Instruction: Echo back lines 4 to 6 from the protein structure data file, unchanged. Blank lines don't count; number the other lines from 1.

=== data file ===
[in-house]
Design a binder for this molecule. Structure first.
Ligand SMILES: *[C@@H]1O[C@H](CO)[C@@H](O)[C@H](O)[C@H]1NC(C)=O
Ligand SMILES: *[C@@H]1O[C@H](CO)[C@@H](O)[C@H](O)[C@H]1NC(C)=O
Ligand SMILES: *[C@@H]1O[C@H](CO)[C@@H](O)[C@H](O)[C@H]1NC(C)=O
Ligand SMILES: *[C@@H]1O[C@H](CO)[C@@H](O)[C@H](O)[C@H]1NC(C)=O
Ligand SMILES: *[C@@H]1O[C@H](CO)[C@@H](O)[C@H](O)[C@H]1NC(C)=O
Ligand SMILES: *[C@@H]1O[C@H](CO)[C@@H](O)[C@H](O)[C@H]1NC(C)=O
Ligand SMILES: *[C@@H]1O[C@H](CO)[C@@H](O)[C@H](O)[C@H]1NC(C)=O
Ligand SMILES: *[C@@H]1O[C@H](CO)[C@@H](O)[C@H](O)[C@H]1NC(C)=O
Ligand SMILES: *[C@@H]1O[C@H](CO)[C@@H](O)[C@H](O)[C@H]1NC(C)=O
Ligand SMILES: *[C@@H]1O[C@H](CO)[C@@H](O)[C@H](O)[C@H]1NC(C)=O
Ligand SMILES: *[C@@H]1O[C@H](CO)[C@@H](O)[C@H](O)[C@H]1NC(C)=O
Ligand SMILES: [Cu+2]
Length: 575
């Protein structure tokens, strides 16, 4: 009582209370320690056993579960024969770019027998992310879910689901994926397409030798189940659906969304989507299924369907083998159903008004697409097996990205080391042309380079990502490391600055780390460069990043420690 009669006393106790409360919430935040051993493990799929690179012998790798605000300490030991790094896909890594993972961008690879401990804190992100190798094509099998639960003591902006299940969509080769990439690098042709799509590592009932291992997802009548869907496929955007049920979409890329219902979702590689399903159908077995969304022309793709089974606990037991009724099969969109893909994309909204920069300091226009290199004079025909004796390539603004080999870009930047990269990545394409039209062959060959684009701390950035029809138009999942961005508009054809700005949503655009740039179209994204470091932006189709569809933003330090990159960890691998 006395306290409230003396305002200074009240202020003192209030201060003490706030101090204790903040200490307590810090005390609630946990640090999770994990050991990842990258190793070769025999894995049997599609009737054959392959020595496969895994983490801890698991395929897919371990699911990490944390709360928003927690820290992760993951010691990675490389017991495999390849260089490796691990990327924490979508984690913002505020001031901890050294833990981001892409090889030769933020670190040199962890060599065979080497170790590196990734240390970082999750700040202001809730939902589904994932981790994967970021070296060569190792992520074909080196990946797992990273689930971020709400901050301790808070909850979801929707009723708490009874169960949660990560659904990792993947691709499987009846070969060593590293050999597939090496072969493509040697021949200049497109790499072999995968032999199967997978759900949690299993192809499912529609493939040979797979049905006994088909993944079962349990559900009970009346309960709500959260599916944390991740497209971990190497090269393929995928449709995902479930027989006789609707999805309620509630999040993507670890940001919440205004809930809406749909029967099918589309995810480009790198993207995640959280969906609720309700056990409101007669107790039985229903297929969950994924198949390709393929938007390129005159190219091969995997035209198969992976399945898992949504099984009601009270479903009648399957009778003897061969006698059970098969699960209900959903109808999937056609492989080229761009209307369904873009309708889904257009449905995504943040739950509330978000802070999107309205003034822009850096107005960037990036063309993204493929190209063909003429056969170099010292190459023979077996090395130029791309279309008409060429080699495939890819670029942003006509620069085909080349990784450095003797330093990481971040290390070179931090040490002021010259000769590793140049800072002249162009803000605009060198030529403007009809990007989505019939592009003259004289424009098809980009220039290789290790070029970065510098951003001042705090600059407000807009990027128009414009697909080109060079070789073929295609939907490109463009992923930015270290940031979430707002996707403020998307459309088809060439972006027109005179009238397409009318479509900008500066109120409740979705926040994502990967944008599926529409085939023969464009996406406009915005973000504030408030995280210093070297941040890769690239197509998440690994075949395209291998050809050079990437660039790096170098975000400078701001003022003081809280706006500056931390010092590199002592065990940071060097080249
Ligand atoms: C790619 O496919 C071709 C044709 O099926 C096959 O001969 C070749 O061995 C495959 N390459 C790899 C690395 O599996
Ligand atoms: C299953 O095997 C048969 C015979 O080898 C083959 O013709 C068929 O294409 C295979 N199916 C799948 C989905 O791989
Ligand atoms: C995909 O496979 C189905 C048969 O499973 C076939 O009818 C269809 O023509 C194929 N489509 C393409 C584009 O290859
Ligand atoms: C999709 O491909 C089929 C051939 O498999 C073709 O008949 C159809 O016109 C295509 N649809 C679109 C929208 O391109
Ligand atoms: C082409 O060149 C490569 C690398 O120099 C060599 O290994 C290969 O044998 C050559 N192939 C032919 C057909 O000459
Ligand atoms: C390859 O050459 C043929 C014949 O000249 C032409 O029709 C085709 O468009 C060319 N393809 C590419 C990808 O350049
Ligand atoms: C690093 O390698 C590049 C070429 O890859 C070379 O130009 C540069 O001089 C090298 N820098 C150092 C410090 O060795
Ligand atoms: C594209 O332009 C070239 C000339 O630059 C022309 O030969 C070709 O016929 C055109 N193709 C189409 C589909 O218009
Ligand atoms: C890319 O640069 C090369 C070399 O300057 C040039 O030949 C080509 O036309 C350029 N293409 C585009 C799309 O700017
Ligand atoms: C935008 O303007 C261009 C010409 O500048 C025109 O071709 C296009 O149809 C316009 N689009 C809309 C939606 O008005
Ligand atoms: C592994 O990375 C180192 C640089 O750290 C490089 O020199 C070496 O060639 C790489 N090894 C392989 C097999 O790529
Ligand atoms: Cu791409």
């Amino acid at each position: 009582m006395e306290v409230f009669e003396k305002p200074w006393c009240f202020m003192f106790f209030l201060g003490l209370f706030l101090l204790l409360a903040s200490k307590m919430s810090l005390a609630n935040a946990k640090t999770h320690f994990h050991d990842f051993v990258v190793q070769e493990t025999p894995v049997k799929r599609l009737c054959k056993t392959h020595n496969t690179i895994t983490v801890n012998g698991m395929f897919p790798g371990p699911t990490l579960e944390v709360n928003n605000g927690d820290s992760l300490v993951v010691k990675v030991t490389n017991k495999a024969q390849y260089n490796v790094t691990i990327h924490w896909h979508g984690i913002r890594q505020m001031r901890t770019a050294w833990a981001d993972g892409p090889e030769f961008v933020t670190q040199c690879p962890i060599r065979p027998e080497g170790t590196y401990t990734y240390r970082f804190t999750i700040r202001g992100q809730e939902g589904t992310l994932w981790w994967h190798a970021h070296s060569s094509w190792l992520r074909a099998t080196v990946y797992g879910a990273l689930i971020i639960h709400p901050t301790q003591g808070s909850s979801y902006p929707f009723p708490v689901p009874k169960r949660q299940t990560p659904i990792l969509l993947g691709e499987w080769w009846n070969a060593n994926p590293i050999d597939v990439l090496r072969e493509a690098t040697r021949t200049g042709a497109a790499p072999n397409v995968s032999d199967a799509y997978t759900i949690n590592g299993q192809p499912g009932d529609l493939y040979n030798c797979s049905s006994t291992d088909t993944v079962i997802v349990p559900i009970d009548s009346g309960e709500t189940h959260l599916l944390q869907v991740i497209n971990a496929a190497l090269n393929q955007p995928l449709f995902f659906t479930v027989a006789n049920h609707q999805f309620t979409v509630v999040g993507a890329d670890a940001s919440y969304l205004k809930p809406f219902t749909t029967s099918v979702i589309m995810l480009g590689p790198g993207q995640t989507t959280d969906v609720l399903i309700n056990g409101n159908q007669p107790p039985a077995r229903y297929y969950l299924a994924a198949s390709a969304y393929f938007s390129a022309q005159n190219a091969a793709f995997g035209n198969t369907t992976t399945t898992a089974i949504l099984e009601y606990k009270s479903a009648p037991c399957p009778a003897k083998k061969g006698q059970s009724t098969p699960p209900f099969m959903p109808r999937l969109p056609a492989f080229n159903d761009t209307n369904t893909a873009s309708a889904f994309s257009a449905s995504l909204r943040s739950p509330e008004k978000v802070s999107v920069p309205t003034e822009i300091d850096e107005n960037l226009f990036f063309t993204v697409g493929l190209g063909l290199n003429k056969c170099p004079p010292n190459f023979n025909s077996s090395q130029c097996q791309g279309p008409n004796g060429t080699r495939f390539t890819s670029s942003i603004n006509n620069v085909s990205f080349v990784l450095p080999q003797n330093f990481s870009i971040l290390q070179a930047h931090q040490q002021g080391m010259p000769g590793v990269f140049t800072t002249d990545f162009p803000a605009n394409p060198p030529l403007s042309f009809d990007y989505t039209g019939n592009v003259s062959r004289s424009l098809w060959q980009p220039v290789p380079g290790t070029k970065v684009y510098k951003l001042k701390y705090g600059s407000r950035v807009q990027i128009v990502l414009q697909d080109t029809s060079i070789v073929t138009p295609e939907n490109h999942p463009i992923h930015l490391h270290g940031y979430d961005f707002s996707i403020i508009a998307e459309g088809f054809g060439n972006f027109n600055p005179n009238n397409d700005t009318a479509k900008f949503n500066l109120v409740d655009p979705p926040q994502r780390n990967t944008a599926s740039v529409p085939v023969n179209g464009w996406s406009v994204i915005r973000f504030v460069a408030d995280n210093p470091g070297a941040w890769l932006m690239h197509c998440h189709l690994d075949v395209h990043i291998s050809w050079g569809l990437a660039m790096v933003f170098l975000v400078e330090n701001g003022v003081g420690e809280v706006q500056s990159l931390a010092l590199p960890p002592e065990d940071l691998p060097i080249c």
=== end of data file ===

Ligand SMILES: *[C@@H]1O[C@H](CO)[C@@H](O)[C@H](O)[C@H]1NC(C)=O
Ligand SMILES: *[C@@H]1O[C@H](CO)[C@@H](O)[C@H](O)[C@H]1NC(C)=O
Ligand SMILES: *[C@@H]1O[C@H](CO)[C@@H](O)[C@H](O)[C@H]1NC(C)=O